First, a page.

Yes, there was a conservative pub rock scene in Wellington, but in my view, punk never really took hold in the city because it was itself a musically conservative, albeit highly energised, revision of old-time rock and roll values. Wellington youth also mainly came from economically comfortable, stable families of bureaucrats, and many of them were headed to university or art studies, so the original wave of punk, which required claims of working class credibility and eschewed anything reeking of pretention, would not have appealed.
That’s why, in 1978, when a televised punk show was mounted at the Wellington Town Hall, all but one of the bands was imported from Auckland, and despite much hype, local audiences were bored by their antics.
all but one of the bands was imported from Auckland, and despite much hype, local audiences were bored by their antics
It was a year later, in 1979, that the Terrace Scene began evolving. Cheap flats abounded on The Terrace, and many of them were huge run-down, two-storied old villas that proved perfect for parties, small gigs, and as a floor to crash on. Numbers 212 and 246 are said to have been the legendary home of the original Terrace Scene, and between 1979 and 1981 they were the temporary digs for many long-term and itinerant musicians, artists and freeloaders and, inevitably, crooks and drug dealers.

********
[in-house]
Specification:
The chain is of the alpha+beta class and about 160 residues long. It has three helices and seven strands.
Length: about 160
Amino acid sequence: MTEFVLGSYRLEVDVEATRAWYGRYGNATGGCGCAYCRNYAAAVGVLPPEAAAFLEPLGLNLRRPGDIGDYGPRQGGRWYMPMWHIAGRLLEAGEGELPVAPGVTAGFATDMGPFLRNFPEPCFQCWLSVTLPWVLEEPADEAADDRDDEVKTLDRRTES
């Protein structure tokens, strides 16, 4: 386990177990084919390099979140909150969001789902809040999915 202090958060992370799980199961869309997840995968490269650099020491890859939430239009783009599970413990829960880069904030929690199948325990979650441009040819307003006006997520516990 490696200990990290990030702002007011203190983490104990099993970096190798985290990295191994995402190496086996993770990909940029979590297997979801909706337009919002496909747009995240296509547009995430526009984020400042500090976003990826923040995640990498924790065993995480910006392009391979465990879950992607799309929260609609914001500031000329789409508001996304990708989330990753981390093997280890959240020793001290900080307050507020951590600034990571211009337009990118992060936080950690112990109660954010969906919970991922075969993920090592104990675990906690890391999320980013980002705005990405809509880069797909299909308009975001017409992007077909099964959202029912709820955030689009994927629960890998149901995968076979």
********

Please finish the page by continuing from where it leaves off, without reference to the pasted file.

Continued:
Although not everybody lived on The Terrace, or was strictly part of the scene, it became synonymous with any music born of the same inherent aesthetic: Informed by a politically conscious, left-leaning punk rock aesthetic, but musically and stylistically divergent.
The Terrace Scene bands encompassed the X-Ray Spex-type proto-punk of The Wallsockets, the wildly deviant theatricality of Life In The Fridge Exists, the hypnotic moodiness of Naked Spots Dance, the introverted ruminations of Beat Rhythm Fashion, and a little later, the overt political activism of Riot 111. But towering above all the rest were Shoes This High.